tree hollows


Photo: Pete Richardson

Photo: Pete Richardson

BARBED WIRE!   Great War trench defence.

BARBED WIRE!  Keeping people apart

BARBED WIRE!   Snaring little Aussies

BARBED WIRE!  Hate it with a vengeance.

This little fluff ball is thought to be a Squirrel Glider  (Petaurus norfolcensis) that had an encounter with a barbed wire fence and managed to become entangled with one of the barbs twisted into its’ gliding membrane. This fence borders a bush block of around 40 ha that was badly burnt in the 2009 fires and is now dense with regrowth. You can see how stressed the creature looks and who knows how long it had been trapped until spotted by new KPCEG member Pete. After carefully untangling the glider and seeing that there was no apparent major damage, Pete wrapped it in a warm jumper and left it in a hollow at the bottom of a tree. When Pete returned later, the animal had gone and hopefully recovers fully from the ordeal.

The Squirrel Glider is listed as endangered in Victoria and its viability is particularly affected by loss of tree hollows and fragmentation of habitat. These negative influences make the animal more exposed to predation, particularly by foxes, dogs and cats and to inbreeding of populations. Healthy bush corridors of mixed species and layers allow a food source throughout the year. Plenty of tree hollows are needed as this Glider moves camp frequently over it’s foraging territory. It feeds on insects, pollen, nectar and saps. In our area, the Long leaf Box (Eucalyptus goniocalyx) that flowers in the cooler months is important to its survival over winter.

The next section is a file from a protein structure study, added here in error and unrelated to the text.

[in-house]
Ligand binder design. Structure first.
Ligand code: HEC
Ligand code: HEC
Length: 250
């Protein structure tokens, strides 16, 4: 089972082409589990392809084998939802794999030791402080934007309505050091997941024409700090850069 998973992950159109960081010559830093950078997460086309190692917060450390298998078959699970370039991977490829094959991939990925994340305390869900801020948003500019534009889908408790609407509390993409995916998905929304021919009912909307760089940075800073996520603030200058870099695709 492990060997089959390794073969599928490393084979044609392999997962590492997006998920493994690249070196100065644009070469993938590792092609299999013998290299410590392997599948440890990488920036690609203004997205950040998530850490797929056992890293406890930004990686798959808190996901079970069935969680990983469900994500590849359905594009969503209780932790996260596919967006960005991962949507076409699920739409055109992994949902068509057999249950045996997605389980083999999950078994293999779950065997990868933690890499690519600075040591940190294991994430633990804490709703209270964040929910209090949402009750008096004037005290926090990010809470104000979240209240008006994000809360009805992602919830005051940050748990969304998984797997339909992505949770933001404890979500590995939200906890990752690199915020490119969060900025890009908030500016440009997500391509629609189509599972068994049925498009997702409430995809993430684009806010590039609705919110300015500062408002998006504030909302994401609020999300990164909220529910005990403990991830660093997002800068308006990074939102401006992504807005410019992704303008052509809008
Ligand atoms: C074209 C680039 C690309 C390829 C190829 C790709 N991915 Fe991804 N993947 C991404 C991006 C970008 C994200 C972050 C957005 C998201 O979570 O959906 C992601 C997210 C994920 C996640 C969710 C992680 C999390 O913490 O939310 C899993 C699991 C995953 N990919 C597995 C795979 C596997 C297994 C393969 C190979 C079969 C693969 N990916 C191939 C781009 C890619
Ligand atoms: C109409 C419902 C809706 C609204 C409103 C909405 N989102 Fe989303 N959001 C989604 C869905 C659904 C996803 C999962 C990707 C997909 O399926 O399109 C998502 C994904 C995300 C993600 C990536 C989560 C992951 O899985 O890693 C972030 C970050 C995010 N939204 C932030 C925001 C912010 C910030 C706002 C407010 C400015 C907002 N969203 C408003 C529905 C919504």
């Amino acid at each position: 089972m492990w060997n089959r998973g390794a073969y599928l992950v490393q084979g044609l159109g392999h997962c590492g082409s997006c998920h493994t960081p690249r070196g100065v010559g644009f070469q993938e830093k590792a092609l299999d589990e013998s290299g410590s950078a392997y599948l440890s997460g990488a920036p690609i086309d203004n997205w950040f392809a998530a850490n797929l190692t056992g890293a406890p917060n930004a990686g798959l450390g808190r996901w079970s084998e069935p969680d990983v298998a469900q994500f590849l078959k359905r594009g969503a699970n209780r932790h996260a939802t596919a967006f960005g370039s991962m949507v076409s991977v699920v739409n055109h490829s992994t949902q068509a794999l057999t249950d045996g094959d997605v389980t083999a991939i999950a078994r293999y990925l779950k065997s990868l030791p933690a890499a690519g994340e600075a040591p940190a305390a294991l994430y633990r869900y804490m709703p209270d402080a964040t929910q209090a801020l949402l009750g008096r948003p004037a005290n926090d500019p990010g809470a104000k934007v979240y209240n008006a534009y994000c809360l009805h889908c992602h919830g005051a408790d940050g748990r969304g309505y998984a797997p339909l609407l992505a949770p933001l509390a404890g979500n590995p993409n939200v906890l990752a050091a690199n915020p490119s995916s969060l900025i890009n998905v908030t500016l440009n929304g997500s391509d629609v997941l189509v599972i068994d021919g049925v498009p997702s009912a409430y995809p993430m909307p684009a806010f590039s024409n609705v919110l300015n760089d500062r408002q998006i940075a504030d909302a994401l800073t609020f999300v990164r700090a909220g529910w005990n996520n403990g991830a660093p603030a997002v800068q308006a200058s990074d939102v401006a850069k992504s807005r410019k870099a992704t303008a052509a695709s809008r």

Like its smaller cousin the Sugar Glider, the Squirrel Glider lives in colonies  – an adult male, young and a couple of adult females. The gliding membrane allows a glide of up to 50m from tree to tree and can be manipulated to allow for steering in flight. The tail is prehensile, i.e., – can hold and grasp things such as branches or in this case; wire

An animal caught in barbed wire is not a rare event which is why Natural Resource Managers discourage its use.  To keep stock in, the alternatives are an electric wire and good management. When feed in a paddock is low, stock are going to test any fence as the grass is often greener on the other side. If your paddocks border bush, waterways or remnant vegetation, consider not using barbed wire especially on the top 2 wires  and use instead wildlife friendly styles of fencing such as described in this link –